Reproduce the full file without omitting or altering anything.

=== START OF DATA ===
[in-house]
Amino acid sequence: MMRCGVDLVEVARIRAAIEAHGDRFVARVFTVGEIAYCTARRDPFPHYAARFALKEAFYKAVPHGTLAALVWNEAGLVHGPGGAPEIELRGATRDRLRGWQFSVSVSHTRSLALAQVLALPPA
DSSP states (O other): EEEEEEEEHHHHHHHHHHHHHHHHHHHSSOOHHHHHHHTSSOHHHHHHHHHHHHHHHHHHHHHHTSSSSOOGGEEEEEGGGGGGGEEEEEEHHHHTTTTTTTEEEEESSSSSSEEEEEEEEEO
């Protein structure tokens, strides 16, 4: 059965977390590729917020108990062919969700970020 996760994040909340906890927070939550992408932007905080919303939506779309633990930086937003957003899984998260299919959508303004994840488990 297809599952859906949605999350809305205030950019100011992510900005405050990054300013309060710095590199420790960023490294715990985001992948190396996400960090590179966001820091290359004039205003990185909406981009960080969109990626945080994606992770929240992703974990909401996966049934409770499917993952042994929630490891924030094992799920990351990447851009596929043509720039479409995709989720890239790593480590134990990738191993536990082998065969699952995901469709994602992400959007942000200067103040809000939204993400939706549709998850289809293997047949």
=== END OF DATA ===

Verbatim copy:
[in-house]
Amino acid sequence: MMRCGVDLVEVARIRAAIEAHGDRFVARVFTVGEIAYCTARRDPFPHYAARFALKEAFYKAVPHGTLAALVWNEAGLVHGPGGAPEIELRGATRDRLRGWQFSVSVSHTRSLALAQVLALPPA
DSSP states (O other): EEEEEEEEHHHHHHHHHHHHHHHHHHHSSOOHHHHHHHTSSOHHHHHHHHHHHHHHHHHHHHHHTSSSSOOGGEEEEEGGGGGGGEEEEEEHHHHTTTTTTTEEEEESSSSSSEEEEEEEEEO
């Protein structure tokens, strides 16, 4: 059965977390590729917020108990062919969700970020 996760994040909340906890927070939550992408932007905080919303939506779309633990930086937003957003899984998260299919959508303004994840488990 297809599952859906949605999350809305205030950019100011992510900005405050990054300013309060710095590199420790960023490294715990985001992948190396996400960090590179966001820091290359004039205003990185909406981009960080969109990626945080994606992770929240992703974990909401996966049934409770499917993952042994929630490891924030094992799920990351990447851009596929043509720039479409995709989720890239790593480590134990990738191993536990082998065969699952995901469709994602992400959007942000200067103040809000939204993400939706549709998850289809293997047949």